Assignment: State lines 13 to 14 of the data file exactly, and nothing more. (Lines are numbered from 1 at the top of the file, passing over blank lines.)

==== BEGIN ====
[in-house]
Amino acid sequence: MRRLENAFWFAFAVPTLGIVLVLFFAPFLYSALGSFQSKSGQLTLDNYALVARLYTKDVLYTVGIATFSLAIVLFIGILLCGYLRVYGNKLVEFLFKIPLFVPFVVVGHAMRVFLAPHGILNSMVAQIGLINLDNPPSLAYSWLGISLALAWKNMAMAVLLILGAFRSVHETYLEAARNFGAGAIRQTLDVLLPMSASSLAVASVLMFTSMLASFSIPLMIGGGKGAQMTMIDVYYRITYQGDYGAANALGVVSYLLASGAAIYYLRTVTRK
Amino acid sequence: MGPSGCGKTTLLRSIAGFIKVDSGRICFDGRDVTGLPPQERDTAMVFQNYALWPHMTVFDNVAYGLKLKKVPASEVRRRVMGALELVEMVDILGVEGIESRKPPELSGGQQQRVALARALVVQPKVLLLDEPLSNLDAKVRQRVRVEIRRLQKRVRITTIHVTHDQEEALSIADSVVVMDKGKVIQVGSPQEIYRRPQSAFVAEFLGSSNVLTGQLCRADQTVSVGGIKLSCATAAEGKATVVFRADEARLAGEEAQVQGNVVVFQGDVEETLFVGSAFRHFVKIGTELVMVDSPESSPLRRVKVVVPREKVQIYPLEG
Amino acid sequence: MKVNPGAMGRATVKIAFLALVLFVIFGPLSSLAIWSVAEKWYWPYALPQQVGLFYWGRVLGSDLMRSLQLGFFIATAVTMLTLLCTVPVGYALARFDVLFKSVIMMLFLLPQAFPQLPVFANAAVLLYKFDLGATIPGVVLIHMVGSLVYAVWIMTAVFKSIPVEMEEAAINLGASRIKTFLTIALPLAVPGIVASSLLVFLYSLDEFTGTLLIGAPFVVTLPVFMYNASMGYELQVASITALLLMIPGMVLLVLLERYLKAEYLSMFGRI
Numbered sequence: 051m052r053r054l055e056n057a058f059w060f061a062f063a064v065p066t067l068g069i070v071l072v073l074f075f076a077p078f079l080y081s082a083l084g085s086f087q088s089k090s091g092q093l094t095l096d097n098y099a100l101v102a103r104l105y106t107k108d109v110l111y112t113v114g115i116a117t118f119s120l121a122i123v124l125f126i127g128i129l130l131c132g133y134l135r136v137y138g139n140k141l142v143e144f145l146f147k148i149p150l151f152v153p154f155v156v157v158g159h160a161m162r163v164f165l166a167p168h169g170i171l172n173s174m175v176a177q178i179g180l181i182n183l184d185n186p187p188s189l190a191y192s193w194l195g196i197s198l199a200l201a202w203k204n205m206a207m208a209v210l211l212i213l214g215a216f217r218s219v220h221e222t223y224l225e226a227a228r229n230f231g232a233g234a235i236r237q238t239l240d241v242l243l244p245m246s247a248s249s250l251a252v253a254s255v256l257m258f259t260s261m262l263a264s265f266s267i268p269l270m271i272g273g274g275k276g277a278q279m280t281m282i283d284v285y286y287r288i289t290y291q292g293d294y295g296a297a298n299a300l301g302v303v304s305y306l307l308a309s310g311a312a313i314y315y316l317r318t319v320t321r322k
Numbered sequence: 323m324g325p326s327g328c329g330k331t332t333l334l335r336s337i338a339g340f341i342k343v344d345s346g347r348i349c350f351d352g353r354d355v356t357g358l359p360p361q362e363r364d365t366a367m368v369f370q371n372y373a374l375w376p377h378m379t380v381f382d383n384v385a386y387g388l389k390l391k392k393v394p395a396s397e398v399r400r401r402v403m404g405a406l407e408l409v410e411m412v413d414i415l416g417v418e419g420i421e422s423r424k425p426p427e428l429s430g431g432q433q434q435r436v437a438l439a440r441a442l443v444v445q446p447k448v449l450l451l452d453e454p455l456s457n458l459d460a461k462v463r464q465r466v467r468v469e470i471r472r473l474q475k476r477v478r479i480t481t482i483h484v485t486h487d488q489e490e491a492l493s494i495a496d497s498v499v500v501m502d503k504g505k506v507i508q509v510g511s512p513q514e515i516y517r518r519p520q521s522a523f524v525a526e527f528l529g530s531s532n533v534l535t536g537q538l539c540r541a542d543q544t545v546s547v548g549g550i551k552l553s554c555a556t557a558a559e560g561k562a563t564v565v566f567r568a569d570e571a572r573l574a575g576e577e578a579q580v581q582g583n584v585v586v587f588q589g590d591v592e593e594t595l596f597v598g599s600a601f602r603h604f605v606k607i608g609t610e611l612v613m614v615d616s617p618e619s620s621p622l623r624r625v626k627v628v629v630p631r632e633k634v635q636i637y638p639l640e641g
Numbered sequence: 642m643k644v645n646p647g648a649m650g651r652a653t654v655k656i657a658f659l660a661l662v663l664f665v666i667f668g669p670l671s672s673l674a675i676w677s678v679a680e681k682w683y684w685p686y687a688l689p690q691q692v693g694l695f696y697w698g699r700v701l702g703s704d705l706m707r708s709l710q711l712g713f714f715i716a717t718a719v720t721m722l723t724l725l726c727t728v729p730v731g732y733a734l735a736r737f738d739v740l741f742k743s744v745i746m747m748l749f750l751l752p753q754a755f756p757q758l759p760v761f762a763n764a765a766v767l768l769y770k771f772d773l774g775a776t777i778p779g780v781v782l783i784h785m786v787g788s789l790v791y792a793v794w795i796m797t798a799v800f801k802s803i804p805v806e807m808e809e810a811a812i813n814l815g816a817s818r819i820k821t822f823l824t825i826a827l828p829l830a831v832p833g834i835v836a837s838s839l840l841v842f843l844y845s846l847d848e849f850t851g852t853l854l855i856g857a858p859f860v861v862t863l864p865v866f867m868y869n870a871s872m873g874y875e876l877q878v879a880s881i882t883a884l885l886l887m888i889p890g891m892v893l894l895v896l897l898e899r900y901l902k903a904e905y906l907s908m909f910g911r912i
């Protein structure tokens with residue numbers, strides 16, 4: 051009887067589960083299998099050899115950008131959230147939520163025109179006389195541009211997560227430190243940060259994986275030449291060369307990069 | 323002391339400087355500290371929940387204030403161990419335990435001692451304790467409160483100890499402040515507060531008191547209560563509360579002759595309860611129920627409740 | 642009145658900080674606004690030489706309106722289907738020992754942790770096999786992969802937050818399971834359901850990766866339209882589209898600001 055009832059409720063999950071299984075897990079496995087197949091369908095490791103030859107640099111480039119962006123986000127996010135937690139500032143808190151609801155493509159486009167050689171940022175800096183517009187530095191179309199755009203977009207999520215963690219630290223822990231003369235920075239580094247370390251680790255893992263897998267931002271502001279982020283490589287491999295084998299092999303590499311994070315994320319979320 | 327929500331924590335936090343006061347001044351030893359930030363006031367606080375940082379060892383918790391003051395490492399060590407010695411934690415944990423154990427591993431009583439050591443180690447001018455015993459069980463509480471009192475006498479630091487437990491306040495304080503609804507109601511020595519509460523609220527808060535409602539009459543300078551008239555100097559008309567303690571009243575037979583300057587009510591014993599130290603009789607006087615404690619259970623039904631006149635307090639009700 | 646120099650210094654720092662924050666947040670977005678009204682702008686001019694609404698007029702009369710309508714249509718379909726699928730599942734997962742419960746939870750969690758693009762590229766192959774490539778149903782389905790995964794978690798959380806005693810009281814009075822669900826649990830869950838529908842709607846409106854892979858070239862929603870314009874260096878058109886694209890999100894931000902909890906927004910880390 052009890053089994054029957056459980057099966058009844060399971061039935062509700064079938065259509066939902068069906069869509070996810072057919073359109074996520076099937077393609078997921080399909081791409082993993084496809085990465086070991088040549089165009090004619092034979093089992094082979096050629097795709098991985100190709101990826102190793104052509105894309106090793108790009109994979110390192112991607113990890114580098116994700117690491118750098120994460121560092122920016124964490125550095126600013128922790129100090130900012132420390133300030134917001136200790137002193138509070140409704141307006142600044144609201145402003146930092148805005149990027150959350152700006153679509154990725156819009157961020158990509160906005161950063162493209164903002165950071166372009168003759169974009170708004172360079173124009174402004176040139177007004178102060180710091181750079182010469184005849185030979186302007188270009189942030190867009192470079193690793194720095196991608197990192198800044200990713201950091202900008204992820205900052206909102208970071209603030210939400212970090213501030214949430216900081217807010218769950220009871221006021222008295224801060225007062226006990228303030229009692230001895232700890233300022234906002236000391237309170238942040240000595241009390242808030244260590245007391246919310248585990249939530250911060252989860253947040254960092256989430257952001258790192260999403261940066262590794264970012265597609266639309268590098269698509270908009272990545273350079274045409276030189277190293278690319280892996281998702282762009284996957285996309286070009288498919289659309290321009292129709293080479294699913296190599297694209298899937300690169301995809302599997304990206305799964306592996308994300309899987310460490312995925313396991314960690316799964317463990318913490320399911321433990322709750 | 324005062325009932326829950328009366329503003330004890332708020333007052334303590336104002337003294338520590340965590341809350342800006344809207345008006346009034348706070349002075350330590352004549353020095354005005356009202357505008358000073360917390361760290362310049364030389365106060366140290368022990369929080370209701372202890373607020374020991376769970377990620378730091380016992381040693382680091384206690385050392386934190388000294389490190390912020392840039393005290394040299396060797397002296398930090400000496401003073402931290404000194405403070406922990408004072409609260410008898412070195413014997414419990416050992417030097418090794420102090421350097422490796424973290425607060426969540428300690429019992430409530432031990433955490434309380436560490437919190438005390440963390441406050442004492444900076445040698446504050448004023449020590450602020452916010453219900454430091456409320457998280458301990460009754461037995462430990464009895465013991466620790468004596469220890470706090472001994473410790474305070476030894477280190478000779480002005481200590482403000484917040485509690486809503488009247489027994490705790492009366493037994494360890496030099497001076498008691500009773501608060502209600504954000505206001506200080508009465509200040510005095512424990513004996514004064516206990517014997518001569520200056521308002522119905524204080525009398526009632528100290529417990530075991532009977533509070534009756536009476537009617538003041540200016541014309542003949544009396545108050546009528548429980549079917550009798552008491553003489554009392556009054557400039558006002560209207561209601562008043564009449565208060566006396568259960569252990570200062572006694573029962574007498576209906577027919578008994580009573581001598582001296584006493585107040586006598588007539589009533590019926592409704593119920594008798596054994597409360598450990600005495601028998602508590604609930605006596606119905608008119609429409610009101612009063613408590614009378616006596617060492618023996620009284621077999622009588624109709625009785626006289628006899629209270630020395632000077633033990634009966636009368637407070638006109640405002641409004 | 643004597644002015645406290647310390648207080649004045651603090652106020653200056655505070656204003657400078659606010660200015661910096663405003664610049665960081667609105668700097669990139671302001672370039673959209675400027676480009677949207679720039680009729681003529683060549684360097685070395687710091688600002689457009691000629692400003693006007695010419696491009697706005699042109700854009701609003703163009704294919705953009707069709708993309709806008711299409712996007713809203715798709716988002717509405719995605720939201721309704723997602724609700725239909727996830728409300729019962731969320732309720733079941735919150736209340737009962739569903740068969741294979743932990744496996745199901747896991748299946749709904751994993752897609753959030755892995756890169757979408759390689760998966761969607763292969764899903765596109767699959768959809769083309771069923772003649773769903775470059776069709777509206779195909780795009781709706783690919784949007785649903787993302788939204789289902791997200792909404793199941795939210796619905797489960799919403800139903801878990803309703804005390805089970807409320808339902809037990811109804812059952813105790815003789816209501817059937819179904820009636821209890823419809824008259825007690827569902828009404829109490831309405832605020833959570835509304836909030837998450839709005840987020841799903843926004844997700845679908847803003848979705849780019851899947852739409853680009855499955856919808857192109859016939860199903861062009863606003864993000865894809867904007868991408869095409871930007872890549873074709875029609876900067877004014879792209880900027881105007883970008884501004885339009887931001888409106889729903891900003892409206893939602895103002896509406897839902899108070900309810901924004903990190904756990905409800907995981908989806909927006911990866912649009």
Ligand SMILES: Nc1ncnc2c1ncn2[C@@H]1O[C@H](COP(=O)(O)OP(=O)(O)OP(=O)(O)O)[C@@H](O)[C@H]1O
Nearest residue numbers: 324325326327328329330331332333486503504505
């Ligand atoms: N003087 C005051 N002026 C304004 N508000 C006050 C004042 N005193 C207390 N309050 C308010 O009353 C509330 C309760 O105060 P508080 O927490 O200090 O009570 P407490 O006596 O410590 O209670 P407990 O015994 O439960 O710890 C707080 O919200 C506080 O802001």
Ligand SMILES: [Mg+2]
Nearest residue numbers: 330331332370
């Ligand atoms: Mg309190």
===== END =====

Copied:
Nearest residue numbers: 330331332370
């Ligand atoms: Mg309190």